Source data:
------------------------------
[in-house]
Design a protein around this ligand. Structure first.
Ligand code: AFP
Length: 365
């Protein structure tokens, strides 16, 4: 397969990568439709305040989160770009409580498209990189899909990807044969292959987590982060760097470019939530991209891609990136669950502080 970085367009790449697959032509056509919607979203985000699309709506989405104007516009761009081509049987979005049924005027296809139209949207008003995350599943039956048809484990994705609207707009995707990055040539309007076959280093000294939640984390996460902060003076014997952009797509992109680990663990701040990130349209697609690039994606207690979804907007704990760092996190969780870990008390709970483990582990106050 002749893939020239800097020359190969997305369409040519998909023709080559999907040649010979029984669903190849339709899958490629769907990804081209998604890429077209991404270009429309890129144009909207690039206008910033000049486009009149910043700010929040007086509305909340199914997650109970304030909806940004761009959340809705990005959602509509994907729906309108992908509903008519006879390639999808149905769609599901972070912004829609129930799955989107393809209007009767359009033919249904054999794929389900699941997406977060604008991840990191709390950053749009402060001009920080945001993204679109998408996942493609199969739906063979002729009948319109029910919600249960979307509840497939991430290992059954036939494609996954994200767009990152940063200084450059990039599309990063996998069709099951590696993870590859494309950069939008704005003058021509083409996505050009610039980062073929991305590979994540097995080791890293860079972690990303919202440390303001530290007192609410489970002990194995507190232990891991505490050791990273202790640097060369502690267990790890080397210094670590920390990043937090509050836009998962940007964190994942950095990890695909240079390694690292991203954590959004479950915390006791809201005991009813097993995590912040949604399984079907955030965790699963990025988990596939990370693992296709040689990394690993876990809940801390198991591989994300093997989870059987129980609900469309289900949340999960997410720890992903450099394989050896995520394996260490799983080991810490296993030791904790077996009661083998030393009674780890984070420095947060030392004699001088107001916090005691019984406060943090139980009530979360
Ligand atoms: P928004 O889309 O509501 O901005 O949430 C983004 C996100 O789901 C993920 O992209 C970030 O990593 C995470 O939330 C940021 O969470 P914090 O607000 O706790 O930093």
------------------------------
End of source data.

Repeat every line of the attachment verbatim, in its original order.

[in-house]
Design a protein around this ligand. Structure first.
Ligand code: AFP
Length: 365
């Protein structure tokens, strides 16, 4: 397969990568439709305040989160770009409580498209990189899909990807044969292959987590982060760097470019939530991209891609990136669950502080 970085367009790449697959032509056509919607979203985000699309709506989405104007516009761009081509049987979005049924005027296809139209949207008003995350599943039956048809484990994705609207707009995707990055040539309007076959280093000294939640984390996460902060003076014997952009797509992109680990663990701040990130349209697609690039994606207690979804907007704990760092996190969780870990008390709970483990582990106050 002749893939020239800097020359190969997305369409040519998909023709080559999907040649010979029984669903190849339709899958490629769907990804081209998604890429077209991404270009429309890129144009909207690039206008910033000049486009009149910043700010929040007086509305909340199914997650109970304030909806940004761009959340809705990005959602509509994907729906309108992908509903008519006879390639999808149905769609599901972070912004829609129930799955989107393809209007009767359009033919249904054999794929389900699941997406977060604008991840990191709390950053749009402060001009920080945001993204679109998408996942493609199969739906063979002729009948319109029910919600249960979307509840497939991430290992059954036939494609996954994200767009990152940063200084450059990039599309990063996998069709099951590696993870590859494309950069939008704005003058021509083409996505050009610039980062073929991305590979994540097995080791890293860079972690990303919202440390303001530290007192609410489970002990194995507190232990891991505490050791990273202790640097060369502690267990790890080397210094670590920390990043937090509050836009998962940007964190994942950095990890695909240079390694690292991203954590959004479950915390006791809201005991009813097993995590912040949604399984079907955030965790699963990025988990596939990370693992296709040689990394690993876990809940801390198991591989994300093997989870059987129980609900469309289900949340999960997410720890992903450099394989050896995520394996260490799983080991810490296993030791904790077996009661083998030393009674780890984070420095947060030392004699001088107001916090005691019984406060943090139980009530979360
Ligand atoms: P928004 O889309 O509501 O901005 O949430 C983004 C996100 O789901 C993920 O992209 C970030 O990593 C995470 O939330 C940021 O969470 P914090 O607000 O706790 O930093």